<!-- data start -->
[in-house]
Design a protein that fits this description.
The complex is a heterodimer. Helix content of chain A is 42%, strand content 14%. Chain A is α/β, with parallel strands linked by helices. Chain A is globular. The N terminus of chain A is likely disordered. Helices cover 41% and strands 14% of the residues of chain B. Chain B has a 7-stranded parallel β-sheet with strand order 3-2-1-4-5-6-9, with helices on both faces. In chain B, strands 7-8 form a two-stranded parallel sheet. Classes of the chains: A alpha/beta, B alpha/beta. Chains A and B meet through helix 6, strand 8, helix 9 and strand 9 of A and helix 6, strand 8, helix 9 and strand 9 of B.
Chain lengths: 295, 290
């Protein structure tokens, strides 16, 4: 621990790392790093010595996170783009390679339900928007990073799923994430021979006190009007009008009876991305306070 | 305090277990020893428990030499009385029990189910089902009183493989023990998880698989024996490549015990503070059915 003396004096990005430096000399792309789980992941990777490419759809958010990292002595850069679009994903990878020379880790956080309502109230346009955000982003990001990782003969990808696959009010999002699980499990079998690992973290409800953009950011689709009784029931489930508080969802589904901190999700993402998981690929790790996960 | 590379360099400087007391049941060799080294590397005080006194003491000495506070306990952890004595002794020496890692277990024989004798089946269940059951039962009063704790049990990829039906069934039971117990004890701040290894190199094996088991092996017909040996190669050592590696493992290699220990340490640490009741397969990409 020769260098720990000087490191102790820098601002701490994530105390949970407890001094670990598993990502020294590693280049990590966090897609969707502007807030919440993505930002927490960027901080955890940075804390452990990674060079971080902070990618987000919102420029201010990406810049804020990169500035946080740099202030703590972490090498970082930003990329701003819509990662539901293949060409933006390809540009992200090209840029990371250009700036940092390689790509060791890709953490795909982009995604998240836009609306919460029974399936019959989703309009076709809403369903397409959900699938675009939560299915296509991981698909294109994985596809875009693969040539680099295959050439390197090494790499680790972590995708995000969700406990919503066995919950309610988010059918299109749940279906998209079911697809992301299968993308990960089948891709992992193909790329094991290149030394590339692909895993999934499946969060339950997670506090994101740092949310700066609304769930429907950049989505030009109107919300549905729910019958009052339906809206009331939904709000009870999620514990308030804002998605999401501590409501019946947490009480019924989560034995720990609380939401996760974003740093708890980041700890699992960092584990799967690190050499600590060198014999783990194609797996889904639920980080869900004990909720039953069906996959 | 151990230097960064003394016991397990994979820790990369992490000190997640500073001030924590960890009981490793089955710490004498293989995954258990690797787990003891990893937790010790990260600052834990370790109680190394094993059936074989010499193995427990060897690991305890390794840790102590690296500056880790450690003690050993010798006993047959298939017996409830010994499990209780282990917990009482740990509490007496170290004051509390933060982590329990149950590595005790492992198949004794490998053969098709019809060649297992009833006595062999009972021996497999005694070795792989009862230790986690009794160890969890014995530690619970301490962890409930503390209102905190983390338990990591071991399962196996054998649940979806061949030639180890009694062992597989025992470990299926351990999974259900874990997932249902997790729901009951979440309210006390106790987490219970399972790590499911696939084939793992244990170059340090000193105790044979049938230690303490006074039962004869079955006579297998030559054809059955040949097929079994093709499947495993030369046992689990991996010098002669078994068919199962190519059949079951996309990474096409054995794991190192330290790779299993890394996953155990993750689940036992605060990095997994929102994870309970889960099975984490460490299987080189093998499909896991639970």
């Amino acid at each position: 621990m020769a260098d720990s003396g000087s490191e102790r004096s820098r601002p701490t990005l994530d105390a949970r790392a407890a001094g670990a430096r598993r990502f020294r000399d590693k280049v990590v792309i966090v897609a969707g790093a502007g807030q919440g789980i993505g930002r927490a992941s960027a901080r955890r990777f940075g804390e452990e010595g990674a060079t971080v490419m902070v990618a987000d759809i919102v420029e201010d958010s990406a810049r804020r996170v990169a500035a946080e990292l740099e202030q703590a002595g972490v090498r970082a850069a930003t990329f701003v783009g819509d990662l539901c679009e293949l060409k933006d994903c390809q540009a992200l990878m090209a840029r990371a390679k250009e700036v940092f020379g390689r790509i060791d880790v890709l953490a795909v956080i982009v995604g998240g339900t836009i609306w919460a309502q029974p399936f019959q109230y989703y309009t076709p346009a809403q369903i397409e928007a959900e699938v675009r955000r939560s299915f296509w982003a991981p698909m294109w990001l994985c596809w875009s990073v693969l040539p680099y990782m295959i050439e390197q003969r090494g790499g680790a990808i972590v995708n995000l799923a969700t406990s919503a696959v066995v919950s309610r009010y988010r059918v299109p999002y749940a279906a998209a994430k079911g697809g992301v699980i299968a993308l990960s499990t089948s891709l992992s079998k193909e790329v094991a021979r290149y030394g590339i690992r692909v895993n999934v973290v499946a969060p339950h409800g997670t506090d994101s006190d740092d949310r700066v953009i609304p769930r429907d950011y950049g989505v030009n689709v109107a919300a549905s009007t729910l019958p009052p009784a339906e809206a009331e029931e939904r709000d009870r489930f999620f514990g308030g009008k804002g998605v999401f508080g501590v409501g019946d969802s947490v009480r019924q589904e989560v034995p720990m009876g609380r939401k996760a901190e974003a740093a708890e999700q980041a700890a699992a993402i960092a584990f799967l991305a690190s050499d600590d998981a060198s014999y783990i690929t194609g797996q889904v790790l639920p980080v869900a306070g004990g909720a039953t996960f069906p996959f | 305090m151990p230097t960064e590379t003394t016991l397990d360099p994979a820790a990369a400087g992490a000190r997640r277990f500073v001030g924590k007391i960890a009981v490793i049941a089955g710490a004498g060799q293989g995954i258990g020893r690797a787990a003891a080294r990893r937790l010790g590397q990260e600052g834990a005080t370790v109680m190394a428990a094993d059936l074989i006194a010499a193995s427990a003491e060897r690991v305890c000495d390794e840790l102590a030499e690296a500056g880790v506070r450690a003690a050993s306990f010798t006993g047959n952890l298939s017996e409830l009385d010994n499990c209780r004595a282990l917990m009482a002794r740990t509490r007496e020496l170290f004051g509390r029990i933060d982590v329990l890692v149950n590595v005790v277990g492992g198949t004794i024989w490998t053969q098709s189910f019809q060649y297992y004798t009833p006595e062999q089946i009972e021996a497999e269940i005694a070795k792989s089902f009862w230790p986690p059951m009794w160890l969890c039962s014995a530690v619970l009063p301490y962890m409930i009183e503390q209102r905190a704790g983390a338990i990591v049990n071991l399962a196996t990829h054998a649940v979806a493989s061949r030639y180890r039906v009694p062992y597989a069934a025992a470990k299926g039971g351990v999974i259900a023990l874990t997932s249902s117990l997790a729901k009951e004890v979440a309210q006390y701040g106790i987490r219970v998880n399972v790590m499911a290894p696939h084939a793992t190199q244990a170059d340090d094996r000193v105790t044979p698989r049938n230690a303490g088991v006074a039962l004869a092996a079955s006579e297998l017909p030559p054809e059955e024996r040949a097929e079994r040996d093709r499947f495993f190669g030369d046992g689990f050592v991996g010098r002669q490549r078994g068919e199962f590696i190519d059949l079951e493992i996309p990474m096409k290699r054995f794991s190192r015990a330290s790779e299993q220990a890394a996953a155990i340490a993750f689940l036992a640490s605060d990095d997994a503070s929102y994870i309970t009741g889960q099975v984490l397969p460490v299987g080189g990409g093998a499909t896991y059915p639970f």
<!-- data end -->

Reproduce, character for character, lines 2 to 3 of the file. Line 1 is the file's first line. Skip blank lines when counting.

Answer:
Design a protein that fits this description.
The complex is a heterodimer. Helix content of chain A is 42%, strand content 14%. Chain A is α/β, with parallel strands linked by helices. Chain A is globular. The N terminus of chain A is likely disordered. Helices cover 41% and strands 14% of the residues of chain B. Chain B has a 7-stranded parallel β-sheet with strand order 3-2-1-4-5-6-9, with helices on both faces. In chain B, strands 7-8 form a two-stranded parallel sheet. Classes of the chains: A alpha/beta, B alpha/beta. Chains A and B meet through helix 6, strand 8, helix 9 and strand 9 of A and helix 6, strand 8, helix 9 and strand 9 of B.